Walking out of yoga class the other day, one of my fellow students – a woman in her 60s who just started practicing about two years ago and has since lost 25 pounds and been able to get off several medications – grabbed my hand and with the merriment of a child said, “Becca, I did crow pose for the first time today. I feel amazing. I never thought I could do crow!”

(If you are not familiar with “bakasana,” Sanskrit for “crow pose,” it is a challenging arm balance in which you first place your palms on the mat from a squat position and then rest your knees on your triceps as you tuck into a ball and balance. Yep, it’s quite the party trick.)

The empowerment she felt from the pose emanated from her whole body and I, too, felt like doing a mental celebratory cartwheel. I mean after all, it’s exhilarating to accomplish things we never thought possible, right?

Though the practice of yoga is not by a long shot only about the asanas, or postures, yoga is about those “aha” moments when we learn life in general is a celebration of what we can do, not a frustrated hyper-focus on what we can’t (especially at the time).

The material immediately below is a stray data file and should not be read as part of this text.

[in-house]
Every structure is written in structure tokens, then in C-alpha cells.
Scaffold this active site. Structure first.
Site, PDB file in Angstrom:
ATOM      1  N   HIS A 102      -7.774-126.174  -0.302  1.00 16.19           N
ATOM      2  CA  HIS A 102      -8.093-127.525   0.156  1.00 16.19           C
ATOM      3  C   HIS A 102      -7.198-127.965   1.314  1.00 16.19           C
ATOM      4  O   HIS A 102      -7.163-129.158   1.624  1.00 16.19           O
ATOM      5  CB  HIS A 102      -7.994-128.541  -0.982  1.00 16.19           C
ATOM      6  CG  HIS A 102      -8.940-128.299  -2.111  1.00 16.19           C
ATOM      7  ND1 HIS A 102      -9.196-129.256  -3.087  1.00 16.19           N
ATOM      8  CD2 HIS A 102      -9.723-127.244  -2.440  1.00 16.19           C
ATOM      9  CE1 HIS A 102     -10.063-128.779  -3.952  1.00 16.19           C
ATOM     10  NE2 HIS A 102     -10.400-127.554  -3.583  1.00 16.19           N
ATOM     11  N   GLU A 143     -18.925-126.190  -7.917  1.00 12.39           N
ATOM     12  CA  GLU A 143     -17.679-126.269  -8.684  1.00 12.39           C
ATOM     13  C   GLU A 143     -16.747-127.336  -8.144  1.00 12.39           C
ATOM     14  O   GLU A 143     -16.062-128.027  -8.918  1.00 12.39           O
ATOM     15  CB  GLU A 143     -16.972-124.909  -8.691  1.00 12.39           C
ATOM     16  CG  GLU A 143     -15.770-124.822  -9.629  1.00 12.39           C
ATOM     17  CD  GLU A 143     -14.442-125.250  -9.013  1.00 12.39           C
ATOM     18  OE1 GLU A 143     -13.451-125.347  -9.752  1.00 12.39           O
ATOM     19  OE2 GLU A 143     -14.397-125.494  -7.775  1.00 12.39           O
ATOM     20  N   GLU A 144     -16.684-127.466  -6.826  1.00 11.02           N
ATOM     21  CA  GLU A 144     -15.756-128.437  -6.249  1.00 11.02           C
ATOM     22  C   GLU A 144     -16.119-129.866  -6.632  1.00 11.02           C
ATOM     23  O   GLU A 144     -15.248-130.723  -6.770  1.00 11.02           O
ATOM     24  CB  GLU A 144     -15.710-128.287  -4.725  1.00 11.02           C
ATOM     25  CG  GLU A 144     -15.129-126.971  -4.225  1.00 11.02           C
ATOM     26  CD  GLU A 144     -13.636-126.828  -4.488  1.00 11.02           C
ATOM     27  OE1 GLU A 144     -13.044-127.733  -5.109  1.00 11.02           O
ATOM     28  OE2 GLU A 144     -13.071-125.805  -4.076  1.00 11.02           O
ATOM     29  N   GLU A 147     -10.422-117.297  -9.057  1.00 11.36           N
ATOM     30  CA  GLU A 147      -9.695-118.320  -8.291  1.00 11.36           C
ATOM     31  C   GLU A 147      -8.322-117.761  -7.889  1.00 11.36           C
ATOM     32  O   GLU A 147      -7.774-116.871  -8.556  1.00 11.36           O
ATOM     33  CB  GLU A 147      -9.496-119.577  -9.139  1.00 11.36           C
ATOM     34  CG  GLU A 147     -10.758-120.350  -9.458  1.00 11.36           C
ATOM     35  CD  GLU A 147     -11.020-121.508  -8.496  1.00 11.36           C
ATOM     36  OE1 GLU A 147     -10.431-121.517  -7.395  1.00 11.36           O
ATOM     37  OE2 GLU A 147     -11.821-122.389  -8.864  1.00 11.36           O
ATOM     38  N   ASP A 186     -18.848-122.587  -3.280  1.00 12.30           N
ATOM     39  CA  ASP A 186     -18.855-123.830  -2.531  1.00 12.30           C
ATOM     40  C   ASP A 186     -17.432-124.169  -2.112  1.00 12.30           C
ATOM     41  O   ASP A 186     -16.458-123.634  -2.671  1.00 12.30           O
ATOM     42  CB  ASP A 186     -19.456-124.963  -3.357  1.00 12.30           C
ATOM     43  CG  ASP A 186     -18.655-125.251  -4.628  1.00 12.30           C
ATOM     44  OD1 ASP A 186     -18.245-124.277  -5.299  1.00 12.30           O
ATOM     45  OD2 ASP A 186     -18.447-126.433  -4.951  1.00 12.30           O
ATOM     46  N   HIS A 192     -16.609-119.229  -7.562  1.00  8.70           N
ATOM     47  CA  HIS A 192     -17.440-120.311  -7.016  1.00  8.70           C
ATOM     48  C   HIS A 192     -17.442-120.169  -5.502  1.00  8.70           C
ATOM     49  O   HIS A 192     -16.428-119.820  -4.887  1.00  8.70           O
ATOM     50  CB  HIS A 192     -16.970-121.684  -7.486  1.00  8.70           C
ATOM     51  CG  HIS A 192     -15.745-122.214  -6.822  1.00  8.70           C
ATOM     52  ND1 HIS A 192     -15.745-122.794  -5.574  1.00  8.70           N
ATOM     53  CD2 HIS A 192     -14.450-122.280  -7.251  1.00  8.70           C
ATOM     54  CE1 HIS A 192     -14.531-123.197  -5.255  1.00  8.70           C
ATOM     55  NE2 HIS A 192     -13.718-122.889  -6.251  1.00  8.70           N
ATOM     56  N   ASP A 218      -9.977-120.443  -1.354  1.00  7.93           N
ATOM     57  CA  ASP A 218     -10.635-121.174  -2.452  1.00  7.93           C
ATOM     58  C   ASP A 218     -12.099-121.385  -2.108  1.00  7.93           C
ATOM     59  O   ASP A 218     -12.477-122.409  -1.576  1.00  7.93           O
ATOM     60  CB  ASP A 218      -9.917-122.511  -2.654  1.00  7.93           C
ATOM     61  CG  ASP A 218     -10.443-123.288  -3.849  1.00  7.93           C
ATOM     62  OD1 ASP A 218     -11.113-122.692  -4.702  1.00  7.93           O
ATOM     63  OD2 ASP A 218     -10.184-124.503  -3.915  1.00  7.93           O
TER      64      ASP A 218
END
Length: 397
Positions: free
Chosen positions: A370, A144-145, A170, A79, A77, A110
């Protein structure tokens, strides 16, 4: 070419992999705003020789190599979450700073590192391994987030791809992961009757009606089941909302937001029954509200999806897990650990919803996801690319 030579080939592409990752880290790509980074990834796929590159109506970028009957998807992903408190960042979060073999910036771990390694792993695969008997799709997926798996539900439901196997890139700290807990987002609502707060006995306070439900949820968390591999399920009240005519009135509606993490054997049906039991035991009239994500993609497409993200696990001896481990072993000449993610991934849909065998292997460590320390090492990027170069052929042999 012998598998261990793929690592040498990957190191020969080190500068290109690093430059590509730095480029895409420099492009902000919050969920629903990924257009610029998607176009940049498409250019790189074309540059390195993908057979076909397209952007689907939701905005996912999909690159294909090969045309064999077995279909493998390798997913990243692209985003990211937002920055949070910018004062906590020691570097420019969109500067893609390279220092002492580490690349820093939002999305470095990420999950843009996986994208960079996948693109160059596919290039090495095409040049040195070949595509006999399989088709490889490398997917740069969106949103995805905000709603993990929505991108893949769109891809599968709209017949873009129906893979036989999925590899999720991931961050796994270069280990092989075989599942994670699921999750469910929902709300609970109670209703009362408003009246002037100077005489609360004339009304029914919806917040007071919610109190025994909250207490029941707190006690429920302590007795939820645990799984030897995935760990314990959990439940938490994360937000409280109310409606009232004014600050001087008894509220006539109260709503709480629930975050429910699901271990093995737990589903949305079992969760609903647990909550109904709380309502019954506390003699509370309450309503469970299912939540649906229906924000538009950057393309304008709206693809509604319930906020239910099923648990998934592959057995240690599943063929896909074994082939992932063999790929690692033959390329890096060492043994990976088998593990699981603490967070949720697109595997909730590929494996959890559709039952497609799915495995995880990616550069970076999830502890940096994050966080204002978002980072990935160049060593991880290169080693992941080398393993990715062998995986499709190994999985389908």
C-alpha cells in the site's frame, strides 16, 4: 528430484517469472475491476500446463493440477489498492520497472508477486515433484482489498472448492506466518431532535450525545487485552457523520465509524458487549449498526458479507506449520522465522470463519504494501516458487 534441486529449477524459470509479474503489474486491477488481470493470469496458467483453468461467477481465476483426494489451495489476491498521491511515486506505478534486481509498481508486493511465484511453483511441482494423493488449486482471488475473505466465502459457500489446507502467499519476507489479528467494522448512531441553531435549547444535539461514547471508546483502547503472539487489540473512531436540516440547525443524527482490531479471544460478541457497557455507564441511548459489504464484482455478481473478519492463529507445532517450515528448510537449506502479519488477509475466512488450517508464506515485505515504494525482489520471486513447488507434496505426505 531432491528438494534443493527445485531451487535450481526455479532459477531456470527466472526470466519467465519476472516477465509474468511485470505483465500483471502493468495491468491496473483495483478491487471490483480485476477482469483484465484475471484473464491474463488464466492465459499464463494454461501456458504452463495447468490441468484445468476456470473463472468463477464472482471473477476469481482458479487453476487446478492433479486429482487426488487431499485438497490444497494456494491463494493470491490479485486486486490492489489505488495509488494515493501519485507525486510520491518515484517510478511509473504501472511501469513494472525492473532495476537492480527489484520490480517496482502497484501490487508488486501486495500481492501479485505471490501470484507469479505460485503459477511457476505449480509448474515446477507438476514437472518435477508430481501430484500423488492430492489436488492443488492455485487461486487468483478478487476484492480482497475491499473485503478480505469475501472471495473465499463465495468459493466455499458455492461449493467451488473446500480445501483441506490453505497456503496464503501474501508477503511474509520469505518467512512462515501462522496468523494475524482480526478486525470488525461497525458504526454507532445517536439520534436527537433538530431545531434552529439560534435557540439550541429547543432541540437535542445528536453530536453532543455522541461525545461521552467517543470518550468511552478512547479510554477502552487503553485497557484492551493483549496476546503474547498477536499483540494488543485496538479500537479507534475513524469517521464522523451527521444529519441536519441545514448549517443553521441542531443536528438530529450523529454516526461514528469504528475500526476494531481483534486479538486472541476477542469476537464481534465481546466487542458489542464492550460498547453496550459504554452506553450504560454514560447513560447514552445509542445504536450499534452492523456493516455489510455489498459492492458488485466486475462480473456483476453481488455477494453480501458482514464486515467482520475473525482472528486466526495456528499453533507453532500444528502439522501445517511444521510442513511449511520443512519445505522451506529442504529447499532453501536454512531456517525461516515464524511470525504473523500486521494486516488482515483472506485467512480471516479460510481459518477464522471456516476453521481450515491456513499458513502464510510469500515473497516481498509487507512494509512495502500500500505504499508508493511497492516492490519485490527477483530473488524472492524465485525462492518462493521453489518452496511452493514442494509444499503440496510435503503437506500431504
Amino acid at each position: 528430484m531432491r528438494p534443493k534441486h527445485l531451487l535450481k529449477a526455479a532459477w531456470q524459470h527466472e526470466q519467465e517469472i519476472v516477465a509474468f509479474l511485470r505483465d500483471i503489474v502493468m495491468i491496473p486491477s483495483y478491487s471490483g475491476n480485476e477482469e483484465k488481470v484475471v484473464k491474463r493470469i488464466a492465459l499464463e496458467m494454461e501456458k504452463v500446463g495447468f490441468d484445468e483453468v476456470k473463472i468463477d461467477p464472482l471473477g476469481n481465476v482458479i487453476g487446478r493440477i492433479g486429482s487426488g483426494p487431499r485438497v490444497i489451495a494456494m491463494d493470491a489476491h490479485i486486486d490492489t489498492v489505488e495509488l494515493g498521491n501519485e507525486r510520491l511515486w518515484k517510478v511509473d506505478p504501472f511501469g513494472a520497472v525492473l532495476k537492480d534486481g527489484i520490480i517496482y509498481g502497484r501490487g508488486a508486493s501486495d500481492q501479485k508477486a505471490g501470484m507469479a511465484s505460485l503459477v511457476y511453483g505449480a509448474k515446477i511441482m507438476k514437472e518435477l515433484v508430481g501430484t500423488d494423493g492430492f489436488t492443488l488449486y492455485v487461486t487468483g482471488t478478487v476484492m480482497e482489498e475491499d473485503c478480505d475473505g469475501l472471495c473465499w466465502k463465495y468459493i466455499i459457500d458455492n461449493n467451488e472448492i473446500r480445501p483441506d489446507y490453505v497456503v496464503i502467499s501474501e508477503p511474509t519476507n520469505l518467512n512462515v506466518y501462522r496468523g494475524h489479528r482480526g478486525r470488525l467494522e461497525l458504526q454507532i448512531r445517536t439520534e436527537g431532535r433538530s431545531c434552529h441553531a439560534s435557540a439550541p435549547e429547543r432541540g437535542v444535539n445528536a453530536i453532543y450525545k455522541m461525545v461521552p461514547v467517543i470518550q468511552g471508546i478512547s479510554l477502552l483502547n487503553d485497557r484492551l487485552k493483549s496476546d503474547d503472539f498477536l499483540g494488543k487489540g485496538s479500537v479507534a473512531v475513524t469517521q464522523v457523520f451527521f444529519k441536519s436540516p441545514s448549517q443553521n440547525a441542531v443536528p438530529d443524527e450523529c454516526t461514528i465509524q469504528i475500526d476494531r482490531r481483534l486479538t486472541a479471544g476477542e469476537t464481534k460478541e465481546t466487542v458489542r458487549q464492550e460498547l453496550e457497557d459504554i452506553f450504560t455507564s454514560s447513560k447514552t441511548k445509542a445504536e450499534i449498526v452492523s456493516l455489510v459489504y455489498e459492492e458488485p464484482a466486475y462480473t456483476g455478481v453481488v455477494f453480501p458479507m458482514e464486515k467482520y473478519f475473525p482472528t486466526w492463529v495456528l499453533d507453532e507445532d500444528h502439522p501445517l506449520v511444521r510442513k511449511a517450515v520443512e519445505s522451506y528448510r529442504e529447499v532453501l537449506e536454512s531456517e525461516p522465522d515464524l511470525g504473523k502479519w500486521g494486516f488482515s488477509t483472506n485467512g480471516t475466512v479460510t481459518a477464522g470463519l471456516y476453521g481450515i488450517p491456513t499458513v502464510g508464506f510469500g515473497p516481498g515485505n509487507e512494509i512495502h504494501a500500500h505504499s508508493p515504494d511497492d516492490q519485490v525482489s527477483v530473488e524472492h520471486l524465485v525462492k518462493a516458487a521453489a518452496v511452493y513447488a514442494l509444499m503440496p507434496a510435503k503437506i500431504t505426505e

This concept of peace within in Sanskrit is called “santosha,” or contentment.

It should be noted there is a difference between complacency and contentment. Yoga does not promote sacrificing self-growth for simply settling.

Instead, yoga encourages us to love who we are and take that self-love and challenge that haunting voice that tells us we cannot do something.

I’m not talking about pushing our bodies beyond our physical limits. I mean resisting negative thoughts and emotions like fear or insecurity – a.k.a. our mental or perceived limitations – and continuously achieving attainable goals.

It should also be noted that no one is “bad at yoga.” I hear that one a lot and it always perplexes me.

Because yoga invites you to consider so many wellness facets like breath, mindfulness and kindness (just to name a few), we are all always working on some piece of the puzzle that will ultimately enable us to feel more physically and mentally vibrant.

For example, after playing goalie for several years and repeatedly injuring my left knee and ankle, standing balancing poses are extremely difficult for me.

Rather than trying to continuously advance a pose flexibility-wise, I put my love and energy into advancing my “dristhi,” or concentration on a focal point. My goal is to one day do “vrksasana,” or tree pose, with my eyes closed and my “drishti” directed inward.

Know that every time you step onto your mat, you too can achieve feats you once thought impossible. You too can feel limitless.

Becca Edwards is a wellness professional, freelance writer and owner of b.e.WELL+ b.e.CREATIVE. www.bewellcreative.com. This article is provided in collaboration with Jiva Yoga.